Letters

Letters 07-27-2015

Next For Brownfields In regard to your recent piece on brownfield redevelopment in TC, the Randolph Street project appears to be proceeding without receiving its requested $600k in brownfield funding from the county. In response to this, the mayor is quoted as saying that the developer bought the property prior to performing an environmental assessment and had little choice but to now build it...

Defending Our Freedom This is in response to Sally MacFarlane Neal’s recent letter, “War Machines for Family Entertainment.” Wake Up! Make no mistake about it, we are at war! Even though the idiot we have for a president won’t accept the fact because he believes we can negotiate with Iran, etc., ISIS and their like make it very clear they intend to destroy the free world as we know it. If you take notice of the way are constantly destroying their own people, is that living...

What Is Far Left? Columnist Steve Tuttle, who so many lambaste as a liberal, considers Sen. Sanders a far out liberal “nearly invisible from the middle.” Has the middle really shifted that far right? Sanders has opposed endless war and the Patriot Act. Does Mr. Tuttle believe most of our citizens praise our wars and the positive results we have achieved from them? Is supporting endless war or giving up our civil liberties middle of the road...

Parking Corrected Stephen Tuttle commented on parking in the July 13 Northern Express. As Director of the Traverse City Downtown Development Authority, I feel compelled to address a couple key issues. But first, I acknowledge that  there is some consternation about parking downtown. As more people come downtown served by less parking, the pressure on what parking we have increases. Downtown serves a county with a population of 90,000 and plays host to over three million visitors annually...

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Melissa Fruge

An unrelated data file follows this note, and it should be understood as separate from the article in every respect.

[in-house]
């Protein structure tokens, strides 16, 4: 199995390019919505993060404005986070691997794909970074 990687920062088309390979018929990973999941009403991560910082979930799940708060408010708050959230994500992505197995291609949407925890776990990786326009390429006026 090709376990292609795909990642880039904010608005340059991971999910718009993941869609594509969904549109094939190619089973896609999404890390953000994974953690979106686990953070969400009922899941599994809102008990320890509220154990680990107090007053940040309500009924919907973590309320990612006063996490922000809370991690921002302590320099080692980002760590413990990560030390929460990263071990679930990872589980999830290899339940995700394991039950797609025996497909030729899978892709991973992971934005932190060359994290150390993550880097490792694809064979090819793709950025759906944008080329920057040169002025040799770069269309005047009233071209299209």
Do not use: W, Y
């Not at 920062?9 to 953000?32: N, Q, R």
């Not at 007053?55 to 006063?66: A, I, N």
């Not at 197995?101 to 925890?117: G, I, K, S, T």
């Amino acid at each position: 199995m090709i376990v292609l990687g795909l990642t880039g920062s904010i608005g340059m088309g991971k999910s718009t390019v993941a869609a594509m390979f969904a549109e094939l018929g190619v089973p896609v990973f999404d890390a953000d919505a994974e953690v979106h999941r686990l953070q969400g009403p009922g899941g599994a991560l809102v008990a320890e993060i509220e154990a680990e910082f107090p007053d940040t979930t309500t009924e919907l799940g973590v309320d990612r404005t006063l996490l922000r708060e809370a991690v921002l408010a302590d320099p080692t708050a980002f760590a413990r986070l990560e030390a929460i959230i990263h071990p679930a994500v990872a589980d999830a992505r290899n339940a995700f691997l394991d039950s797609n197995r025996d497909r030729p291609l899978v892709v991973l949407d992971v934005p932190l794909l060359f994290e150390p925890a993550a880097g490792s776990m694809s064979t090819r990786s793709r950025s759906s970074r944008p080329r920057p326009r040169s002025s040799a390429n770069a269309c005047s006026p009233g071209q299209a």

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Monday, August 31, 2009

Boyne artists build a dream with art auction

Art Melissa Fruge Boyne Artists Build
a Dream With Art Auction

By Melissa Fruge’ 8/31/09

A vibrant arts community is growing along the shores of Lake Charlevoix, and though it may have happened by chance, all can agree it was destiny. You’ve never heard of the Boyne Arts Collective? Well pay attention, because you’re in for a pleasant surprise. What started as an informal gathering of local artists in the Boyne City area two years ago has exploded into a community-wide organization with more than 100 members.
Organizer and artist Martina Hahn has lived in the area for more than 15 years and says she had heard about all the fabulously talented local artists, but had yet to meet any. So in the fall of 2007 she began circulating a flyer asking anyone interested in the arts to attend a small informal gathering to discuss how to strengthen their presence in Boyne City. Hahn says about a dozen people showed up to the initial meeting and the numbers and organization have grown from there. However, providing artists an outlet to showcase and sell their work is not the main mission of the Boyne Arts Collective (B.A.C.) Their goal is to encourage local artists and promote art education and appreciation in the community.